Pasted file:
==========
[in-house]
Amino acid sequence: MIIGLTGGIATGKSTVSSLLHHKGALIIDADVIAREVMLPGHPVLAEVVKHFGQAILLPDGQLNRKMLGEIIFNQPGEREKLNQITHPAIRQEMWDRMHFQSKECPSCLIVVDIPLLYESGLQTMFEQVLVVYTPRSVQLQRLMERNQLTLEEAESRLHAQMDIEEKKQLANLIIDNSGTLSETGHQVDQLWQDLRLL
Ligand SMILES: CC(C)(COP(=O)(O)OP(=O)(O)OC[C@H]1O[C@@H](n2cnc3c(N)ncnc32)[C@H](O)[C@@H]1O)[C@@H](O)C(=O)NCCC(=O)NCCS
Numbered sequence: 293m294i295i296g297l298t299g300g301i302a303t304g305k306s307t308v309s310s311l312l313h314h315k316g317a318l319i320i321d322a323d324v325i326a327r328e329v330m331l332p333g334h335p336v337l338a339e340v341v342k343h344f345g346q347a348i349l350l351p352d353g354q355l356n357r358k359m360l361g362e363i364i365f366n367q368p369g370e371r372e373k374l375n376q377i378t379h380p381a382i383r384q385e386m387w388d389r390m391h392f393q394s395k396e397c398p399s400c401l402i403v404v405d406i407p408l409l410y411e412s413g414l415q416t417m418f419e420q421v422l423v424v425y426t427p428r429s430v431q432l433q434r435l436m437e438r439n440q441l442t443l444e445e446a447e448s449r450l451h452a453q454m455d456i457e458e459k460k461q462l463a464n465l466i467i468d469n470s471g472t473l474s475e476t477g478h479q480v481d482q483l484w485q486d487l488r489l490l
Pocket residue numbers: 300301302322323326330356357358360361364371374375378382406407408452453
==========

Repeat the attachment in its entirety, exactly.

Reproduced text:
[in-house]
Amino acid sequence: MIIGLTGGIATGKSTVSSLLHHKGALIIDADVIAREVMLPGHPVLAEVVKHFGQAILLPDGQLNRKMLGEIIFNQPGEREKLNQITHPAIRQEMWDRMHFQSKECPSCLIVVDIPLLYESGLQTMFEQVLVVYTPRSVQLQRLMERNQLTLEEAESRLHAQMDIEEKKQLANLIIDNSGTLSETGHQVDQLWQDLRLL
Ligand SMILES: CC(C)(COP(=O)(O)OP(=O)(O)OC[C@H]1O[C@@H](n2cnc3c(N)ncnc32)[C@H](O)[C@@H]1O)[C@@H](O)C(=O)NCCC(=O)NCCS
Numbered sequence: 293m294i295i296g297l298t299g300g301i302a303t304g305k306s307t308v309s310s311l312l313h314h315k316g317a318l319i320i321d322a323d324v325i326a327r328e329v330m331l332p333g334h335p336v337l338a339e340v341v342k343h344f345g346q347a348i349l350l351p352d353g354q355l356n357r358k359m360l361g362e363i364i365f366n367q368p369g370e371r372e373k374l375n376q377i378t379h380p381a382i383r384q385e386m387w388d389r390m391h392f393q394s395k396e397c398p399s400c401l402i403v404v405d406i407p408l409l410y411e412s413g414l415q416t417m418f419e420q421v422l423v424v425y426t427p428r429s430v431q432l433q434r435l436m437e438r439n440q441l442t443l444e445e446a447e448s449r450l451h452a453q454m455d456i457e458e459k460k461q462l463a464n465l466i467i468d469n470s471g472t473l474s475e476t477g478h479q480v481d482q483l484w485q486d487l488r489l490l
Pocket residue numbers: 300301302322323326330356357358360361364371374375378382406407408452453